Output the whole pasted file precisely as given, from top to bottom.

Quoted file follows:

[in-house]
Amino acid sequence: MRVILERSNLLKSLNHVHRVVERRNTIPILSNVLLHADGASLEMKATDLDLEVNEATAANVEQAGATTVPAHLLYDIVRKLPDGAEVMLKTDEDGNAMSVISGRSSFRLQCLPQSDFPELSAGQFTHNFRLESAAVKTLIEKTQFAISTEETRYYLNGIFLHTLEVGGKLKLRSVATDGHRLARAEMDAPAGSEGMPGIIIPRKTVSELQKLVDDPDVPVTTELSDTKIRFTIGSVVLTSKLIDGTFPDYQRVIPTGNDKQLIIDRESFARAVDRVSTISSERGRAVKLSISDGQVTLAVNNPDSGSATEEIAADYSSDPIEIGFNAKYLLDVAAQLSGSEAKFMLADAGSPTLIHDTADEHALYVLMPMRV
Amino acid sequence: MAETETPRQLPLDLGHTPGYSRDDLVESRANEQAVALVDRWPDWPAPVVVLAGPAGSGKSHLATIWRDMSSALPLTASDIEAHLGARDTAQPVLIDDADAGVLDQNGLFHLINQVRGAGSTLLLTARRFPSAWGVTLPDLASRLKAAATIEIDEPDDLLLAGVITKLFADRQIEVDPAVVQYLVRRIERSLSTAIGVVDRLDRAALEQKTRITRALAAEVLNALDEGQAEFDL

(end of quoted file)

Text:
[in-house]
Amino acid sequence: MRVILERSNLLKSLNHVHRVVERRNTIPILSNVLLHADGASLEMKATDLDLEVNEATAANVEQAGATTVPAHLLYDIVRKLPDGAEVMLKTDEDGNAMSVISGRSSFRLQCLPQSDFPELSAGQFTHNFRLESAAVKTLIEKTQFAISTEETRYYLNGIFLHTLEVGGKLKLRSVATDGHRLARAEMDAPAGSEGMPGIIIPRKTVSELQKLVDDPDVPVTTELSDTKIRFTIGSVVLTSKLIDGTFPDYQRVIPTGNDKQLIIDRESFARAVDRVSTISSERGRAVKLSISDGQVTLAVNNPDSGSATEEIAADYSSDPIEIGFNAKYLLDVAAQLSGSEAKFMLADAGSPTLIHDTADEHALYVLMPMRV
Amino acid sequence: MAETETPRQLPLDLGHTPGYSRDDLVESRANEQAVALVDRWPDWPAPVVVLAGPAGSGKSHLATIWRDMSSALPLTASDIEAHLGARDTAQPVLIDDADAGVLDQNGLFHLINQVRGAGSTLLLTARRFPSAWGVTLPDLASRLKAAATIEIDEPDDLLLAGVITKLFADRQIEVDPAVVQYLVRRIERSLSTAIGVVDRLDRAALEQKTRITRALAAEVLNALDEGQAEFDL